Marking the entrance to Guanabara Bay and the end of the ocean is the oddly shaped and immensely popular Sugarloaf Mountain (Pão de Açúcar). This 1,300-foot tall monolith juts out on a peninsular peak, offering great views of the ocean shoreline and the city scape. Think of it as the natural Eiffel Tower of Brazil—everyone wants to go to the top, and once you get there the panorama is simply staggering.
The journey up Sugarloaf Mountain is thrill all by itself. The main way to summit is via a two-stop glass cable car ride. The ride is short, lasting less than 10 minutes in total, but the suspended cars offer 360-degree views and give the odd sensation of riding on an escaped elevator.
The first ride takes you from Red Beach (Praia Vermelha) up 722 feet to Urca Hill (Morro da Urca). The second half of this sky-high trip takes you to Sugarloaf Mountain, for a total journey of 4,593 feet bottom to top. The first car leaves at 8:10 a.m. and the last returns at 9:00 p.m. If possible, try to visit at sunset because the sun setting behind the Christ Redeemer statue is a praise-worthy sight.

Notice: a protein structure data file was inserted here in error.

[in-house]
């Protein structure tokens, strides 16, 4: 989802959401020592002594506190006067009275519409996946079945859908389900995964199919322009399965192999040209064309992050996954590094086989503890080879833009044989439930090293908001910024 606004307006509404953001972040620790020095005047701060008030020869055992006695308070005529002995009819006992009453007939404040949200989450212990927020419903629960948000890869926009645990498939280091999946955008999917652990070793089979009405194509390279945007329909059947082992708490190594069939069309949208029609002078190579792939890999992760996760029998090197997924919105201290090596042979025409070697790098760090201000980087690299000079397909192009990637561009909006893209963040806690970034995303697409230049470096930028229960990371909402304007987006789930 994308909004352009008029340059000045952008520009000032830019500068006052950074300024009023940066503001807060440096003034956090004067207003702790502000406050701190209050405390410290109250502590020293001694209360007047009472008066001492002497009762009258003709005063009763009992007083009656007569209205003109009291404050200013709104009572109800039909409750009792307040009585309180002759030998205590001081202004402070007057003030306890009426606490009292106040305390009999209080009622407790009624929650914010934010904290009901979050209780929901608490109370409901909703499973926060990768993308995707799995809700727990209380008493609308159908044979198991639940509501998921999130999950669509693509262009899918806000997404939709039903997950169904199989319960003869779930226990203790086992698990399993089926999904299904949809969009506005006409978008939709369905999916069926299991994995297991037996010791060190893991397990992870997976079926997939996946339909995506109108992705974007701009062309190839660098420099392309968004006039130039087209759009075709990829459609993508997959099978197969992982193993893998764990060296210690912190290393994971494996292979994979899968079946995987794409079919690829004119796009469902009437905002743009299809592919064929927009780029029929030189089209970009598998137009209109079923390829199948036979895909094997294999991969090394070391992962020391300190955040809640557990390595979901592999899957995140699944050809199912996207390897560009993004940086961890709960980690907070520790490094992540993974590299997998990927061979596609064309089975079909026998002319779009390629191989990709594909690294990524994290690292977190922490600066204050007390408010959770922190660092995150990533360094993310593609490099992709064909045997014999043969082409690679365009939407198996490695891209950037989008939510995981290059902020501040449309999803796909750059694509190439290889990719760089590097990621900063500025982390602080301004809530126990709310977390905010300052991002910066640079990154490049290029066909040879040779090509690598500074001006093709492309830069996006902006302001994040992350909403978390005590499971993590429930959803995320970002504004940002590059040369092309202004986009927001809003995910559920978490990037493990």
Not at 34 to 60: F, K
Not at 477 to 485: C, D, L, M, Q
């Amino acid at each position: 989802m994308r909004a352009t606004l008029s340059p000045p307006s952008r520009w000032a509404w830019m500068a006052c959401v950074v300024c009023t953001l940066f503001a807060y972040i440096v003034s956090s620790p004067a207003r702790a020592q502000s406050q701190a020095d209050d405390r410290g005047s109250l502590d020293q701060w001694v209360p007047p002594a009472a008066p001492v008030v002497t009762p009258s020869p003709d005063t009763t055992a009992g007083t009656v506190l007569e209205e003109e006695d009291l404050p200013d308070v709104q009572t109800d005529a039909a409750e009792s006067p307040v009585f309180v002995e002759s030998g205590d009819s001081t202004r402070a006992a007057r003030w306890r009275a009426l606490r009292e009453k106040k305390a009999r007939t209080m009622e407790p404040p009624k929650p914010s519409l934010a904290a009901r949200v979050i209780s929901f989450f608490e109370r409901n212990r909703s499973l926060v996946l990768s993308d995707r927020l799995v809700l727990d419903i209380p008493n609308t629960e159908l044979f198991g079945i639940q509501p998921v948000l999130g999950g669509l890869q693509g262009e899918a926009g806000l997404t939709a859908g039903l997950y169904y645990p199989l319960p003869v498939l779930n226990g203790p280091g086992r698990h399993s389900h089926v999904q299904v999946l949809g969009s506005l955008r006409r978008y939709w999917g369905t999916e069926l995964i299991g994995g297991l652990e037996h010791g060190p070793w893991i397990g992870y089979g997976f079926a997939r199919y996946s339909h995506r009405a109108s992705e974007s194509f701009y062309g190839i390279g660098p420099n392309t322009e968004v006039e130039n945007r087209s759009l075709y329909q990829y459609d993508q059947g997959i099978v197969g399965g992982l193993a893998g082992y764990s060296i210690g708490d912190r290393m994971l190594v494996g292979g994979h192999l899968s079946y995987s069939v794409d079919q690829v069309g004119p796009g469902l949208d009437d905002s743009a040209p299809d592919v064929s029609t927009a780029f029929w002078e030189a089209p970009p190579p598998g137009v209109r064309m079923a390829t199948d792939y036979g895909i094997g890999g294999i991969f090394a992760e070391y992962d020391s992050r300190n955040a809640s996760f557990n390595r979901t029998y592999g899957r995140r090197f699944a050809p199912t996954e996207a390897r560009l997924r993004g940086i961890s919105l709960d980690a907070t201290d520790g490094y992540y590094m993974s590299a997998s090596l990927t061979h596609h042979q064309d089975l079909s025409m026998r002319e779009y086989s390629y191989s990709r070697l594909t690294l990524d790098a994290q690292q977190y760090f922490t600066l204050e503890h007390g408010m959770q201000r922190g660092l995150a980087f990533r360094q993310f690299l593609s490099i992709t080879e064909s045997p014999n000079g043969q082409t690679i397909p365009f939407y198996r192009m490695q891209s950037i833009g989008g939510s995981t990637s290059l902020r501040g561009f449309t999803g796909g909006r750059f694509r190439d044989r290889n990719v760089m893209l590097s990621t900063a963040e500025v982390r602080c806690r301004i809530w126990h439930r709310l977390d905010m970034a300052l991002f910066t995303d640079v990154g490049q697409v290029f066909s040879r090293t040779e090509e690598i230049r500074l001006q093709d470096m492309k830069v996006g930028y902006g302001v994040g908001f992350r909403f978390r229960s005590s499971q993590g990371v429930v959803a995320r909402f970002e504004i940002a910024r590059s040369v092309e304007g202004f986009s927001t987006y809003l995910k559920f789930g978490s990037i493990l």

The Sugarloaf aerial tramway was first constructed in 1912 and then rebuilt in 1972. The cable cars themselves are more modern, imported from Switzerland in 2008. There are snack stands at both sites (Urca Hill and Sugarloaf Mountain), so you can marvel at Rio’s beauty of beaches, buildings, and lush mountains while sipping a caipirinha.
Keen to see Rio de Janeiro for yourself? Check out our Rio de Janeiro & Brazil tours here or speak to one of our Destination Experts about crafting the bespoke vacation of your dreams.
Thanks to Rodrigo Soldon Souza for the title image of this blog.
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